On Translation

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Indiana University Press, Oct 11, 2002 - Philosophy - 144 pages

"Everyone complains about what is lost in translations. This is the first account I have seen of the potentially positive impact of translation, that it represents... a genuinely new contribution." -- Drew A. Hyland

In his original philosophical exploration of translation, John Sallis shows that translating is much more than a matter of transposing one language into another. At the very heart of language, translation is operative throughout human thought and experience. Sallis approaches translation from four directions: from the dream of nontranslation, or universal translatability; through a scene of translation staged by Shakespeare, in which the entire range of senses of translation is played out; through the question of the force of words; and from the representation of untranslatability in painting and music. Drawing on Jakobson, Gadamer, Benjamin, and Derrida, Sallis shows how the classical concept of translation has undergone mutation and deconstruction.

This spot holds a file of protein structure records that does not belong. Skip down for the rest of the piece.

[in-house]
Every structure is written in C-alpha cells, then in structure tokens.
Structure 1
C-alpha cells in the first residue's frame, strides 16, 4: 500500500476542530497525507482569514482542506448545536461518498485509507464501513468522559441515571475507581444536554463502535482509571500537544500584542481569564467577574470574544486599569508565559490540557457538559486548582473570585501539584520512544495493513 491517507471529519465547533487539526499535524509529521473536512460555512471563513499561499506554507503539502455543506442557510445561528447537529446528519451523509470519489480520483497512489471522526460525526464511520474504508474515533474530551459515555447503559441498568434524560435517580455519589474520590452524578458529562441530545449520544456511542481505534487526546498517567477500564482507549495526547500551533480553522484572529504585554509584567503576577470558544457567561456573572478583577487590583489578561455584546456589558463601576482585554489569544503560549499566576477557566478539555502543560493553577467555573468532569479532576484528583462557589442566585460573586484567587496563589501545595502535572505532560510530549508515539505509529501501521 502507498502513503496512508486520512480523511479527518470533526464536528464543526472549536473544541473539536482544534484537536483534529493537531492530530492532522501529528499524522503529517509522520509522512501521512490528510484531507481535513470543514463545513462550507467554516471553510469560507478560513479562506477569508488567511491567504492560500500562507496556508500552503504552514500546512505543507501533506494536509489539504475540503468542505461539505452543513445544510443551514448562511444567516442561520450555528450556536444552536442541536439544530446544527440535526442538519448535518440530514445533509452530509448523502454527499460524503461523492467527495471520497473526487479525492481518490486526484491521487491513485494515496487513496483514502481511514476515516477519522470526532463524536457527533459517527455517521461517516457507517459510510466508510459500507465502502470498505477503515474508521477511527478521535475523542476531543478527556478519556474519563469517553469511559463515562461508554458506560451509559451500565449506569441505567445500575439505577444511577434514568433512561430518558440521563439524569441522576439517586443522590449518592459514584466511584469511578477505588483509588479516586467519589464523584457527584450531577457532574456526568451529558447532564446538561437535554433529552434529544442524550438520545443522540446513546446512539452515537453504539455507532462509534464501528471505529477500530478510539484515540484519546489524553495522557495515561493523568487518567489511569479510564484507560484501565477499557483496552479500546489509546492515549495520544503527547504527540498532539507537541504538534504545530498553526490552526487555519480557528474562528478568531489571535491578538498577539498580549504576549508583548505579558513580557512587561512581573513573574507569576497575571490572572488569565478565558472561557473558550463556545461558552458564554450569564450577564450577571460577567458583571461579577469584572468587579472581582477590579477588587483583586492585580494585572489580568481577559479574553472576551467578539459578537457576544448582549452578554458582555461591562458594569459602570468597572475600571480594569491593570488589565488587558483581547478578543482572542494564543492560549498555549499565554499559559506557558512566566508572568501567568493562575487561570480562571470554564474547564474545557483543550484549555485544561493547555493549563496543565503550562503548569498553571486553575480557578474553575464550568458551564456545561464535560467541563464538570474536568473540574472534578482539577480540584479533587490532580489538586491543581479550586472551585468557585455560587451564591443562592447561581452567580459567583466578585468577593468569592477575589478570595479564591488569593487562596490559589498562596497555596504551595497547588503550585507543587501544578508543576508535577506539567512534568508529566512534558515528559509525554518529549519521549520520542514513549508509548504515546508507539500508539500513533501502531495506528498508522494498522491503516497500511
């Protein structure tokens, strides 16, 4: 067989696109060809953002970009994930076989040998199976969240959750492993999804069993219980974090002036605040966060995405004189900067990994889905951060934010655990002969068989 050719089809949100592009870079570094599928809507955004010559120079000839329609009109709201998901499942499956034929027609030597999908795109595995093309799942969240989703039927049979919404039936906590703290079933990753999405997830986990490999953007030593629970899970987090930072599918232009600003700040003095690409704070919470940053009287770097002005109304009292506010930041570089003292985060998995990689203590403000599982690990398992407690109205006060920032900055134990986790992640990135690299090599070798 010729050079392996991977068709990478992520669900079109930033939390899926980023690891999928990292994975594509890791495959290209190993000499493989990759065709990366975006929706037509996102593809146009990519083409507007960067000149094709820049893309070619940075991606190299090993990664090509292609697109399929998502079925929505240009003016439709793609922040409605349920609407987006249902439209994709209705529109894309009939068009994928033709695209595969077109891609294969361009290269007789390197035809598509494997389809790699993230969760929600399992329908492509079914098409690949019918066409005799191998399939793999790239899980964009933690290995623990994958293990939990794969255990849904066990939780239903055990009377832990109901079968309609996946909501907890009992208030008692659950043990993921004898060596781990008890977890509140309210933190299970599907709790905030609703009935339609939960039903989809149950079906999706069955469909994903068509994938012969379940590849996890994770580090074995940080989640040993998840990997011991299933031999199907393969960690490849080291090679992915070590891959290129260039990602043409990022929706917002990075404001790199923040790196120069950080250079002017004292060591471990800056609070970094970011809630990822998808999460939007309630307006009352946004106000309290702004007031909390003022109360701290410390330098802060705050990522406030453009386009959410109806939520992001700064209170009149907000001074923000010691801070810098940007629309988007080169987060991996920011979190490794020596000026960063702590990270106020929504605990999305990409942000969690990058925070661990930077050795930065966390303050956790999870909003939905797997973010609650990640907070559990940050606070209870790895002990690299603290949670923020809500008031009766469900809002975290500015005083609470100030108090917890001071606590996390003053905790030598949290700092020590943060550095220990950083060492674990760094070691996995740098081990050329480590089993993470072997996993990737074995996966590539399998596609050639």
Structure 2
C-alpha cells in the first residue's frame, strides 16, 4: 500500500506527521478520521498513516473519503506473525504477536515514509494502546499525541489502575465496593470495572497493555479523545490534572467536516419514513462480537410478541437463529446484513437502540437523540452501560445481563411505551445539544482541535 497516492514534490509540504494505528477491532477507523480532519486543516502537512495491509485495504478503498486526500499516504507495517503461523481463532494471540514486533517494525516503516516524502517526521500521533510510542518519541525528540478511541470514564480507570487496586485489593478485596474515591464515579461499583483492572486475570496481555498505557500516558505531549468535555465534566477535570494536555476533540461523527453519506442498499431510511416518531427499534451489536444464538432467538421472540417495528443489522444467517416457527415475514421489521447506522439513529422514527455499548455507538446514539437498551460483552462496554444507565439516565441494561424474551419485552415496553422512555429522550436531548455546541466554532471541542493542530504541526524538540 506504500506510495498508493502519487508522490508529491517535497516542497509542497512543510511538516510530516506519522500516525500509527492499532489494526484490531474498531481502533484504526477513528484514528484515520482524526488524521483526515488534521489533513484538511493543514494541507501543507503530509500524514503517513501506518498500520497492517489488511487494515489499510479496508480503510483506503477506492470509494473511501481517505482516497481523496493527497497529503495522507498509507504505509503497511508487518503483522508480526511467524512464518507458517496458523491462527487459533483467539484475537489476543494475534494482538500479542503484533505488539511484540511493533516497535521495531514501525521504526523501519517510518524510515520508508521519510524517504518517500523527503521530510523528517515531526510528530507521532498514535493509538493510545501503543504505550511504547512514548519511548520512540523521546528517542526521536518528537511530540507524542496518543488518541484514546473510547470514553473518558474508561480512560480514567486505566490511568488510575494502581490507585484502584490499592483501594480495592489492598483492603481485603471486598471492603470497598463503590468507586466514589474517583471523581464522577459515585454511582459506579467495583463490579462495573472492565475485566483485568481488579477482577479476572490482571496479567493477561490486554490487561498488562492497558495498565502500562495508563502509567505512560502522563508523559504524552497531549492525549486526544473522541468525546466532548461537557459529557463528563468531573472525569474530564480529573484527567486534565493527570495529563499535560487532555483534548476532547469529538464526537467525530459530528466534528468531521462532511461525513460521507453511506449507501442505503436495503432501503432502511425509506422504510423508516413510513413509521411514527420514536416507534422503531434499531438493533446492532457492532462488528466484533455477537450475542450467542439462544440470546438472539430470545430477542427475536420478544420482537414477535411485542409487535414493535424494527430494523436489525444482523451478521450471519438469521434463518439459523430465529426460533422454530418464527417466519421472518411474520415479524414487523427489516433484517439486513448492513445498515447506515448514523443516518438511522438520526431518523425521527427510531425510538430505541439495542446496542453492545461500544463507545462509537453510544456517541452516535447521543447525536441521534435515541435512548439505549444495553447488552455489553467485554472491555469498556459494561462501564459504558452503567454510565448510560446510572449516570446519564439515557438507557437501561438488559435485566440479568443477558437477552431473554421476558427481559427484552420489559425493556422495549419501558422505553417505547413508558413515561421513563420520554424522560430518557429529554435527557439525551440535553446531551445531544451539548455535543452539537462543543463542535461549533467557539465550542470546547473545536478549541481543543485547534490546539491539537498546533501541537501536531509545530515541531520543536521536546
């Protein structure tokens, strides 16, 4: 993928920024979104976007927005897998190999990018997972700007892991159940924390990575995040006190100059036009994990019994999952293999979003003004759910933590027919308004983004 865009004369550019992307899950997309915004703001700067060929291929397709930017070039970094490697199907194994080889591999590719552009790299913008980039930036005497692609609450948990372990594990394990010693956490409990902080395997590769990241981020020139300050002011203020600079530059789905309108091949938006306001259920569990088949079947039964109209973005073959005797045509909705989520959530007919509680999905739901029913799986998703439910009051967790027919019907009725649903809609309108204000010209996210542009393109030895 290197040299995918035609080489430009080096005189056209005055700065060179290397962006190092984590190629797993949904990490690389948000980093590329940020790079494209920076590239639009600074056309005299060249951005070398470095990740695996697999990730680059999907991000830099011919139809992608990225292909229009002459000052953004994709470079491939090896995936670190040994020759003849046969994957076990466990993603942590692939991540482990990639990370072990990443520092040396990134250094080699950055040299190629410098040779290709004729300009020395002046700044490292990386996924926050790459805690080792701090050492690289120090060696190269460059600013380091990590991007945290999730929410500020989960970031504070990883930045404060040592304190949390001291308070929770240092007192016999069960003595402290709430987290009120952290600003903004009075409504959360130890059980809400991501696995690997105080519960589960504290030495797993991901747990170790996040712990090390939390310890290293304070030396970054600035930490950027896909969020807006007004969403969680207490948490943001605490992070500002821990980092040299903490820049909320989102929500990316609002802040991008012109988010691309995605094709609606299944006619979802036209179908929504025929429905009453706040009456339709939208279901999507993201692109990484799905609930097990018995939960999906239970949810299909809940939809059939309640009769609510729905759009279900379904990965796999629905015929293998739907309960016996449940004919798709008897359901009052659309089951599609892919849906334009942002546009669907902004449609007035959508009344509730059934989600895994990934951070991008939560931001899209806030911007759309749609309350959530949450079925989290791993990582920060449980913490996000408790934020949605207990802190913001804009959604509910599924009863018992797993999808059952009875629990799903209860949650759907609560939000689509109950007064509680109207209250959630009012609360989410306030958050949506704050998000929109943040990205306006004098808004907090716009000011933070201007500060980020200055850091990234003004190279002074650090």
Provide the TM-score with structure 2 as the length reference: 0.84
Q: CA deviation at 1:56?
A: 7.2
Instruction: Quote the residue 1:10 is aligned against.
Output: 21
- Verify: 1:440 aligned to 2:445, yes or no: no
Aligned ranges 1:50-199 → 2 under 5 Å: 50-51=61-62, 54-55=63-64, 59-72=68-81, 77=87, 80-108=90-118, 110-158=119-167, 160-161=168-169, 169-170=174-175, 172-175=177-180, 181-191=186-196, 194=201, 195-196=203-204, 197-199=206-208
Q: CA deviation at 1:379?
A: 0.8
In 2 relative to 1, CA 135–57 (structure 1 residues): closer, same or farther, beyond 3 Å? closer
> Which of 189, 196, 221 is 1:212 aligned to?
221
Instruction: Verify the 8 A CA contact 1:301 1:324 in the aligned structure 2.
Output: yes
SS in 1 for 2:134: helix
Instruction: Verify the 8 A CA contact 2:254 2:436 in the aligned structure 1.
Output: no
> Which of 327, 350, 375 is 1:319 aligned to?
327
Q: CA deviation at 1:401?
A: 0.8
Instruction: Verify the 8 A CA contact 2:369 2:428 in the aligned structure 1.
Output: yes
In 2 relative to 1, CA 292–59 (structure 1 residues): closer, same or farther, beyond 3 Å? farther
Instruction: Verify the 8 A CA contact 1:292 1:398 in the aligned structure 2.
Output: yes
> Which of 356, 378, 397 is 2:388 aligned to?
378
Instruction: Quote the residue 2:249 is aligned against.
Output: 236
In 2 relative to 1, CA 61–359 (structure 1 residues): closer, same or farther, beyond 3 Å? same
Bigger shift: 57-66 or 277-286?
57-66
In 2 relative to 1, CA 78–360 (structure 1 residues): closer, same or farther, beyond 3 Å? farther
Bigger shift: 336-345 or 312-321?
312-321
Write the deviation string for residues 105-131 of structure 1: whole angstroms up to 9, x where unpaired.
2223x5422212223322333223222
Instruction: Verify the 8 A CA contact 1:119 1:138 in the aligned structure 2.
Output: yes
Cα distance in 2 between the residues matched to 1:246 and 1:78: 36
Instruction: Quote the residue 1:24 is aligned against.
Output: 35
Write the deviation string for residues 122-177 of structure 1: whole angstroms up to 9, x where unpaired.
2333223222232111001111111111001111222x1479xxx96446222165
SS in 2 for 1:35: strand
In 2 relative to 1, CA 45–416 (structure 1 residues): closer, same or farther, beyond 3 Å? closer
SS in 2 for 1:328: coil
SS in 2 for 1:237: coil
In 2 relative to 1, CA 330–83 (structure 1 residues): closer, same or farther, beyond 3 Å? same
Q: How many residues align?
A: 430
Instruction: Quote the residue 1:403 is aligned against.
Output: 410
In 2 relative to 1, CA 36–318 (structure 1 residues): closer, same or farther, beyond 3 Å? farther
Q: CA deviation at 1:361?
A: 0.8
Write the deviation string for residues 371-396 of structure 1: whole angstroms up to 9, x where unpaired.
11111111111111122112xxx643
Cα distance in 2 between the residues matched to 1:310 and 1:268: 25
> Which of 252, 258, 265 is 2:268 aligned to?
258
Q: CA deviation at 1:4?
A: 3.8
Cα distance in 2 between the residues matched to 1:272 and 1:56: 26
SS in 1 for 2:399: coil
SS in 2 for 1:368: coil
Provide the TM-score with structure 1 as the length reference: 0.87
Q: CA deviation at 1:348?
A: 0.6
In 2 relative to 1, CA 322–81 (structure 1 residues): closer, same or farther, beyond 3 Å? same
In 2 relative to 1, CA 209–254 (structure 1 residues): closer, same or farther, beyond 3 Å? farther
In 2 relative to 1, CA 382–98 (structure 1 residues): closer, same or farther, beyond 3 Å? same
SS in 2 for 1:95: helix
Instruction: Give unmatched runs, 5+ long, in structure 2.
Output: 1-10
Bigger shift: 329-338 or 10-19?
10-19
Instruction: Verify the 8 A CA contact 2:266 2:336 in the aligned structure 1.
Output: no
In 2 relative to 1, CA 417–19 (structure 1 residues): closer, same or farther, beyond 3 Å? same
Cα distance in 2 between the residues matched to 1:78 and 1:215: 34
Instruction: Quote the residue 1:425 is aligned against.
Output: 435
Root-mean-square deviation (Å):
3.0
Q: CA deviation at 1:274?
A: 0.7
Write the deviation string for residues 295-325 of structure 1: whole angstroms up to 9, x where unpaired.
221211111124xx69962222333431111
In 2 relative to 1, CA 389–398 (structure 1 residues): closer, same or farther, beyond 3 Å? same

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Contents

2 Scenes of Translation at Large
21
3 Translation and the Force of Words
46
4 Varieties of Untranslatability
112

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About the author (2002)

John Sallis is Edwin Erle Sparks Professor of Philosophy at Pennsylvania State University. His books include Force of Imagination: The Sense of the Elemental; Chorology: On Beginning in Plato's Timaeus; and Shades -- Of Painting at the Limit (all Indiana University Press).

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